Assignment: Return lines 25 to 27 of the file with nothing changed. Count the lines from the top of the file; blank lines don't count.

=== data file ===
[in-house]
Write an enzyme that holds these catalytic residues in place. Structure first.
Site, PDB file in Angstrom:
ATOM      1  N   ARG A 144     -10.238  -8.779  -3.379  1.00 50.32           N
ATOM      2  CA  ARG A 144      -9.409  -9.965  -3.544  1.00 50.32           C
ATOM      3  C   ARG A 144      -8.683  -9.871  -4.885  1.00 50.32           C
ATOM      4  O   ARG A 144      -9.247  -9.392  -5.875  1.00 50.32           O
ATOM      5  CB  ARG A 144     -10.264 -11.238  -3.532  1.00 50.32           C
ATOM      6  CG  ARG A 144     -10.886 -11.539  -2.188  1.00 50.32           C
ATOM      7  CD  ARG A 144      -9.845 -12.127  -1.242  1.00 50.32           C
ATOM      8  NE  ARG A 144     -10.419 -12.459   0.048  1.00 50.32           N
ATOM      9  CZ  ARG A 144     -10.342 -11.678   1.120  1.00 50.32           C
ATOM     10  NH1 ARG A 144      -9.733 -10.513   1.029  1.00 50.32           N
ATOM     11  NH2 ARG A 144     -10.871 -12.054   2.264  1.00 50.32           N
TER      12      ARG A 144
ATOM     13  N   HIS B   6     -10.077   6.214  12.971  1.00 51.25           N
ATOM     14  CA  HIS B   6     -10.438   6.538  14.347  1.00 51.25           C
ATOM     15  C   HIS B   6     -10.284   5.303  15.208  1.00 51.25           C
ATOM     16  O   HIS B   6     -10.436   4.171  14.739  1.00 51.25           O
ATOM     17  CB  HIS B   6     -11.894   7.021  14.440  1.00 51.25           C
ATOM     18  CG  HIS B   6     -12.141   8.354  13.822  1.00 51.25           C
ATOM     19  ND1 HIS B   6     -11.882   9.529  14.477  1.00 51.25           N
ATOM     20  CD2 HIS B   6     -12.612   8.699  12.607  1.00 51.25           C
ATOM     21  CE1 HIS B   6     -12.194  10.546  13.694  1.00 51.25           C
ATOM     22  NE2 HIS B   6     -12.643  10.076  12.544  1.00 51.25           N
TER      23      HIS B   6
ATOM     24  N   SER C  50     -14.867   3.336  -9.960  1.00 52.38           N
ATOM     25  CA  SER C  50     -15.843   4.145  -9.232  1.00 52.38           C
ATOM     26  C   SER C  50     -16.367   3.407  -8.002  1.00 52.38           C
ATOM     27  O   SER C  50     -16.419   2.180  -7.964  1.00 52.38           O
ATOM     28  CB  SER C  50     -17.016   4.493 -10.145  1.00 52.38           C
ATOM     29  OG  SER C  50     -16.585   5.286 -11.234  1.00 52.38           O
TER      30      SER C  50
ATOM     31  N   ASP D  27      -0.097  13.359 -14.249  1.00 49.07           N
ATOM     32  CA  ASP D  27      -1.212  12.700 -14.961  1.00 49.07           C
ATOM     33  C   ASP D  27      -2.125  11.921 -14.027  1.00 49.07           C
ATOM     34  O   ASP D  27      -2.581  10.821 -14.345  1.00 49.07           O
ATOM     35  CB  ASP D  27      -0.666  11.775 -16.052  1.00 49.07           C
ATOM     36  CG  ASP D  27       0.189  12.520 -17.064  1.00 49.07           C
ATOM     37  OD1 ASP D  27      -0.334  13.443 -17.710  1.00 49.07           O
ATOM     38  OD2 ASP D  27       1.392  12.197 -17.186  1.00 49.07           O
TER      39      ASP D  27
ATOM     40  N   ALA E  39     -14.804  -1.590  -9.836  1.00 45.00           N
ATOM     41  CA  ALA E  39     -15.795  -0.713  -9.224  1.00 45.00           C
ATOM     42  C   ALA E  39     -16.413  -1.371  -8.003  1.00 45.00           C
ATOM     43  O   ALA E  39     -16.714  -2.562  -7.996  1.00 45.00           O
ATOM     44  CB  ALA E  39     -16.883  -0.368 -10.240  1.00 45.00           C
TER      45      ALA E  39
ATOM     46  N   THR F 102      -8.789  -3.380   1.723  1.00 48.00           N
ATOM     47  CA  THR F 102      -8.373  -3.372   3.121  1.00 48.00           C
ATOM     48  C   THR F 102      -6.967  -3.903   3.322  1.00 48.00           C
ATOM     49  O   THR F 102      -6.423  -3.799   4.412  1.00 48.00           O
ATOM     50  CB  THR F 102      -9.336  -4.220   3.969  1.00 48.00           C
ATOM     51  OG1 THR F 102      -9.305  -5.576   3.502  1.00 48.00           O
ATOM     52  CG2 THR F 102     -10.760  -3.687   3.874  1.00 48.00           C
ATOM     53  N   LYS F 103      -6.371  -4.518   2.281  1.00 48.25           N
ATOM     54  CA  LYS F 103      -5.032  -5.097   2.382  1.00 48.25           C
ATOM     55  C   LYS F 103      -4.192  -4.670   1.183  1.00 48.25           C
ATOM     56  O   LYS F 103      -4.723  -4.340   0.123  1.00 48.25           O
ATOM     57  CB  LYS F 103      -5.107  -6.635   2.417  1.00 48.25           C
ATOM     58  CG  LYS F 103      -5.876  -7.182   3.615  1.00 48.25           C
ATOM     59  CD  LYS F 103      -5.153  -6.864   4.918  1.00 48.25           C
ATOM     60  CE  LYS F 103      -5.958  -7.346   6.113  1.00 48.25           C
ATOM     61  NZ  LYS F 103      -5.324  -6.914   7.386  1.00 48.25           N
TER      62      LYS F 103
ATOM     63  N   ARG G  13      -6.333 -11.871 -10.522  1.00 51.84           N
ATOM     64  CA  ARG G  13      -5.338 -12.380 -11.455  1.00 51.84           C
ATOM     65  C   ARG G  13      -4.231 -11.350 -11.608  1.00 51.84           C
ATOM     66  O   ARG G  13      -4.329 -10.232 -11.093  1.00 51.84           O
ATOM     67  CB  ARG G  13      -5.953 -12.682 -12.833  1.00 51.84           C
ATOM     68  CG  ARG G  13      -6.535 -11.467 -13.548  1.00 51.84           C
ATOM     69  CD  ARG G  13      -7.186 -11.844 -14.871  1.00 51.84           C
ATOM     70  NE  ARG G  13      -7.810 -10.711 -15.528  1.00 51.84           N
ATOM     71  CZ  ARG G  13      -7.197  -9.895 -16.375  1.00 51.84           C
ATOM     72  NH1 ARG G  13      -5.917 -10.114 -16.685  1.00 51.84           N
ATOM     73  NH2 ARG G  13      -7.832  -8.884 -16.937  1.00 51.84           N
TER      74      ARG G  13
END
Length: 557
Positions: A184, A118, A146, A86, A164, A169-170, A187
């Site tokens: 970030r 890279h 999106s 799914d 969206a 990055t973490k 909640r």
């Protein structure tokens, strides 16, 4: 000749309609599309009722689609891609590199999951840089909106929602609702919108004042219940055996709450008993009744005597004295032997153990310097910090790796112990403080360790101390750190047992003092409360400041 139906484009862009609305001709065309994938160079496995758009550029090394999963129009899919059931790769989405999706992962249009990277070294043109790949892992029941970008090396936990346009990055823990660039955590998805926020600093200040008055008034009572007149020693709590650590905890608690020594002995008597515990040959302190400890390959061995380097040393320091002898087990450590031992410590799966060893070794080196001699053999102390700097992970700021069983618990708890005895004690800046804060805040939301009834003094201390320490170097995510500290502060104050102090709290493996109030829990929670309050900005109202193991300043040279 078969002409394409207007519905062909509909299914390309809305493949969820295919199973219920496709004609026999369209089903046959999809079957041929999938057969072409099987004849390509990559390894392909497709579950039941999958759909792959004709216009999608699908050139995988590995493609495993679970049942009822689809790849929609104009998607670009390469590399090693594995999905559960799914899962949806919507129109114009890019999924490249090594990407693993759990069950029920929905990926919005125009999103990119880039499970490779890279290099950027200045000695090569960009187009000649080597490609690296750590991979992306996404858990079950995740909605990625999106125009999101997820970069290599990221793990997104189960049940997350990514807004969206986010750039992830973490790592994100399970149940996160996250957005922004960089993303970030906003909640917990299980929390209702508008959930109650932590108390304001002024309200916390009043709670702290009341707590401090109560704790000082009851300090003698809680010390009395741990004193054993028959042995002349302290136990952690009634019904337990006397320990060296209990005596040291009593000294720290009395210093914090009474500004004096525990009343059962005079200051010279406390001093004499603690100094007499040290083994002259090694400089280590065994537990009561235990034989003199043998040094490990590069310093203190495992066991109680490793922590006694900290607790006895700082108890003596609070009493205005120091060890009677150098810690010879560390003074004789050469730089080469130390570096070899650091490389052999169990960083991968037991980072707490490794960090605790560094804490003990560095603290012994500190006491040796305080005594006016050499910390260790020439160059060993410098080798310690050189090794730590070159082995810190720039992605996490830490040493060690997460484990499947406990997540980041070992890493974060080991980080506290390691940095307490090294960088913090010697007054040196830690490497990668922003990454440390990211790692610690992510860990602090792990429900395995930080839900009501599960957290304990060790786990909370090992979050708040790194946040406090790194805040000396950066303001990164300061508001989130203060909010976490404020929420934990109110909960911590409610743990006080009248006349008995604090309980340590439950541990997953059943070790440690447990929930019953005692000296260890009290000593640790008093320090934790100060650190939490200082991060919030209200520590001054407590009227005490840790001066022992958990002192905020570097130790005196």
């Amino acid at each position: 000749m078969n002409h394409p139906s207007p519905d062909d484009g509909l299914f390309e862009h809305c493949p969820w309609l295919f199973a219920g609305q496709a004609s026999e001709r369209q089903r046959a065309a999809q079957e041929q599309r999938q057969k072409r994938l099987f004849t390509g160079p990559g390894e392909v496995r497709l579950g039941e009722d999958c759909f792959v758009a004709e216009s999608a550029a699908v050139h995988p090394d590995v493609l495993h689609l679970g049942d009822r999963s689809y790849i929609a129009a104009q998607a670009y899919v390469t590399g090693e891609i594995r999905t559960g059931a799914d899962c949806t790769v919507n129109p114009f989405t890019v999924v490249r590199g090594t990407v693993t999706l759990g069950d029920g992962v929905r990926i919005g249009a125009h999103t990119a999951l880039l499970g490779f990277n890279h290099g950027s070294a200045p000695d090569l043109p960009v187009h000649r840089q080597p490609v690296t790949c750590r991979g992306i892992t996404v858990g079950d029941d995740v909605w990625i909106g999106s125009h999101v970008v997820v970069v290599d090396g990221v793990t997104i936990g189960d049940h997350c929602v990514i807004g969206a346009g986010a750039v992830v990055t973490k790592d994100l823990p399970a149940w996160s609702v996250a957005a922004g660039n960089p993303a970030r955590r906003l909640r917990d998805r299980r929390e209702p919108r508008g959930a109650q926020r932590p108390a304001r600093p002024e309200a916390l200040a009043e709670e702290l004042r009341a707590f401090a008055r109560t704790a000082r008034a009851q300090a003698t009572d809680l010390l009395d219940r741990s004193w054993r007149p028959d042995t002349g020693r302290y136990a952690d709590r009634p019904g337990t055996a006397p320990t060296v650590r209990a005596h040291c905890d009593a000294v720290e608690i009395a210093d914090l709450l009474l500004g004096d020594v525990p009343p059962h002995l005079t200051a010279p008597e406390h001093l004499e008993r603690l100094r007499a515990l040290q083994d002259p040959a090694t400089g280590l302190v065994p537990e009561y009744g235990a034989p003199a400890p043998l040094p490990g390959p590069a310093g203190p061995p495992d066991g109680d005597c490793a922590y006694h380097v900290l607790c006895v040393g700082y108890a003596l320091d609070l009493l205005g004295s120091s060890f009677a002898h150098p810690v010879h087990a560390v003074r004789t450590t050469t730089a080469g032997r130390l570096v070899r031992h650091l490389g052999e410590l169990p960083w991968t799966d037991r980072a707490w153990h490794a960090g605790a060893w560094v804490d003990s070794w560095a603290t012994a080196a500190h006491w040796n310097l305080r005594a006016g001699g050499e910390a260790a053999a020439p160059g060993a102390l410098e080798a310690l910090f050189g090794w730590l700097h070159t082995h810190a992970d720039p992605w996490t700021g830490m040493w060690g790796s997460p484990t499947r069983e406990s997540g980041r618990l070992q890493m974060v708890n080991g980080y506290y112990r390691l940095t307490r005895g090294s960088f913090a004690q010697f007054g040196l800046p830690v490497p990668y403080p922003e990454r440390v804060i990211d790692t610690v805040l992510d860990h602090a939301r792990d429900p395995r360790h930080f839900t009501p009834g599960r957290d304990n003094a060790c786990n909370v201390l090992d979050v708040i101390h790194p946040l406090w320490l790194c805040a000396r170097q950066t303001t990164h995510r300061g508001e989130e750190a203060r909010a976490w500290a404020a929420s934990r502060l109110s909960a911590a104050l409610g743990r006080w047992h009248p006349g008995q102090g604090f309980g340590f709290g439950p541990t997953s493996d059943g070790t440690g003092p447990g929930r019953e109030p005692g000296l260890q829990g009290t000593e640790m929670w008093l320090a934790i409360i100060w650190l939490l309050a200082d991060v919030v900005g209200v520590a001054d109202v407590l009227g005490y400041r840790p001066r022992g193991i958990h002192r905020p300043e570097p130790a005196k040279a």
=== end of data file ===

ATOM     22  NE2 HIS B   6     -12.643  10.076  12.544  1.00 51.25           N
TER      23      HIS B   6
ATOM     24  N   SER C  50     -14.867   3.336  -9.960  1.00 52.38           N